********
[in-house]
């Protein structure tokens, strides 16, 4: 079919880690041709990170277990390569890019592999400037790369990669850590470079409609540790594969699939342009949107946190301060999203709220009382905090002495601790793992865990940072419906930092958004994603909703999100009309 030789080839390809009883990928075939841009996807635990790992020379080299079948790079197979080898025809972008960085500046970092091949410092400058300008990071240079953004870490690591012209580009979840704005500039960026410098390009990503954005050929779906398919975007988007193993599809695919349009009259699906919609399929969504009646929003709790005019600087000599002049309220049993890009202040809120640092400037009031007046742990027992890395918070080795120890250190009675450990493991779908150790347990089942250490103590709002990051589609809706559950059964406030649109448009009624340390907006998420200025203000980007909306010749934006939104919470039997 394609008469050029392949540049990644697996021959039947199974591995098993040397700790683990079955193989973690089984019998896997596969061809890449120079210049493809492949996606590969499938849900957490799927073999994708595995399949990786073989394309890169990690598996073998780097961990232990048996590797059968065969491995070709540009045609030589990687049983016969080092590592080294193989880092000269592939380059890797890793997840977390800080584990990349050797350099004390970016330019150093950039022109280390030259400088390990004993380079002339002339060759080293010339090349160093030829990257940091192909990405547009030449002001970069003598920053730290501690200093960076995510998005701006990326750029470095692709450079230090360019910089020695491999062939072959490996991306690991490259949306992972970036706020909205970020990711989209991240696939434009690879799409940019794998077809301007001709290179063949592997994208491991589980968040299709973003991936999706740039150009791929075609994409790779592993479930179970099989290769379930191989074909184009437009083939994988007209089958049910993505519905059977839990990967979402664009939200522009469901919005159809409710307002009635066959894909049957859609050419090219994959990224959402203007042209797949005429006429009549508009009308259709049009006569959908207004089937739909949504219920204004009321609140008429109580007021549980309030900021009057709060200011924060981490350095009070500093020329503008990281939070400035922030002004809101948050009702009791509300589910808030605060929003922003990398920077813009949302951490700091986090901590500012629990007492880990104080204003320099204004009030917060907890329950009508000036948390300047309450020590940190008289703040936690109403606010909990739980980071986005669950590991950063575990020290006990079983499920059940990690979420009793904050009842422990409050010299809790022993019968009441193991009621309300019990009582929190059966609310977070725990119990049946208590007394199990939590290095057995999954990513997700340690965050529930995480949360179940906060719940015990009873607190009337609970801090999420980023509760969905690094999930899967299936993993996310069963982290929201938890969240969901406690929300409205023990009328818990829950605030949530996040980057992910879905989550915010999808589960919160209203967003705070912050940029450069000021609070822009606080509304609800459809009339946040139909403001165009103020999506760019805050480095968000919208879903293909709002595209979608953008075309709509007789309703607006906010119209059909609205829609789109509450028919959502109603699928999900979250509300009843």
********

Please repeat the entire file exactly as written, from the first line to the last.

[in-house]
């Protein structure tokens, strides 16, 4: 079919880690041709990170277990390569890019592999400037790369990669850590470079409609540790594969699939342009949107946190301060999203709220009382905090002495601790793992865990940072419906930092958004994603909703999100009309 030789080839390809009883990928075939841009996807635990790992020379080299079948790079197979080898025809972008960085500046970092091949410092400058300008990071240079953004870490690591012209580009979840704005500039960026410098390009990503954005050929779906398919975007988007193993599809695919349009009259699906919609399929969504009646929003709790005019600087000599002049309220049993890009202040809120640092400037009031007046742990027992890395918070080795120890250190009675450990493991779908150790347990089942250490103590709002990051589609809706559950059964406030649109448009009624340390907006998420200025203000980007909306010749934006939104919470039997 394609008469050029392949540049990644697996021959039947199974591995098993040397700790683990079955193989973690089984019998896997596969061809890449120079210049493809492949996606590969499938849900957490799927073999994708595995399949990786073989394309890169990690598996073998780097961990232990048996590797059968065969491995070709540009045609030589990687049983016969080092590592080294193989880092000269592939380059890797890793997840977390800080584990990349050797350099004390970016330019150093950039022109280390030259400088390990004993380079002339002339060759080293010339090349160093030829990257940091192909990405547009030449002001970069003598920053730290501690200093960076995510998005701006990326750029470095692709450079230090360019910089020695491999062939072959490996991306690991490259949306992972970036706020909205970020990711989209991240696939434009690879799409940019794998077809301007001709290179063949592997994208491991589980968040299709973003991936999706740039150009791929075609994409790779592993479930179970099989290769379930191989074909184009437009083939994988007209089958049910993505519905059977839990990967979402664009939200522009469901919005159809409710307002009635066959894909049957859609050419090219994959990224959402203007042209797949005429006429009549508009009308259709049009006569959908207004089937739909949504219920204004009321609140008429109580007021549980309030900021009057709060200011924060981490350095009070500093020329503008990281939070400035922030002004809101948050009702009791509300589910808030605060929003922003990398920077813009949302951490700091986090901590500012629990007492880990104080204003320099204004009030917060907890329950009508000036948390300047309450020590940190008289703040936690109403606010909990739980980071986005669950590991950063575990020290006990079983499920059940990690979420009793904050009842422990409050010299809790022993019968009441193991009621309300019990009582929190059966609310977070725990119990049946208590007394199990939590290095057995999954990513997700340690965050529930995480949360179940906060719940015990009873607190009337609970801090999420980023509760969905690094999930899967299936993993996310069963982290929201938890969240969901406690929300409205023990009328818990829950605030949530996040980057992910879905989550915010999808589960919160209203967003705070912050940029450069000021609070822009606080509304609800459809009339946040139909403001165009103020999506760019805050480095968000919208879903293909709002595209979608953008075309709509007789309703607006906010119209059909609205829609789109509450028919959502109603699928999900979250509300009843």